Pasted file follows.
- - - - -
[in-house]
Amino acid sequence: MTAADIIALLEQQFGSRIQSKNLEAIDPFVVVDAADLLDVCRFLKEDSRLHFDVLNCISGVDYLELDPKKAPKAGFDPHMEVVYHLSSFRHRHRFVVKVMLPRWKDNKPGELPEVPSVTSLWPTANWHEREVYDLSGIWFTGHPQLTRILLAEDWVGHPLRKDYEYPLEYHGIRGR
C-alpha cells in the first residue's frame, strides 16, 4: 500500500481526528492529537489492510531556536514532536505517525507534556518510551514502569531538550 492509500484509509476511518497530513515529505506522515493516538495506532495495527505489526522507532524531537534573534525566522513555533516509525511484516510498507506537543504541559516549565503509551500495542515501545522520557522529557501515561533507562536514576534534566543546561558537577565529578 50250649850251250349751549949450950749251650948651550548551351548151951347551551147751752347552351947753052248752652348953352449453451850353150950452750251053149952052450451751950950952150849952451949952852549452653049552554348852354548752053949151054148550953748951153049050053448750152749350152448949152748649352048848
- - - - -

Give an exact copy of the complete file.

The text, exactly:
[in-house]
Amino acid sequence: MTAADIIALLEQQFGSRIQSKNLEAIDPFVVVDAADLLDVCRFLKEDSRLHFDVLNCISGVDYLELDPKKAPKAGFDPHMEVVYHLSSFRHRHRFVVKVMLPRWKDNKPGELPEVPSVTSLWPTANWHEREVYDLSGIWFTGHPQLTRILLAEDWVGHPLRKDYEYPLEYHGIRGR
C-alpha cells in the first residue's frame, strides 16, 4: 500500500481526528492529537489492510531556536514532536505517525507534556518510551514502569531538550 492509500484509509476511518497530513515529505506522515493516538495506532495495527505489526522507532524531537534573534525566522513555533516509525511484516510498507506537543504541559516549565503509551500495542515501545522520557522529557501515561533507562536514576534534566543546561558537577565529578 50250649850251250349751549949450950749251650948651550548551351548151951347551551147751752347552351947753052248752652348953352449453451850353150950452750251053149952052450451751950950952150849952451949952852549452653049552554348852354548752053949151054148550953748951153049050053448750152749350152448949152748649352048848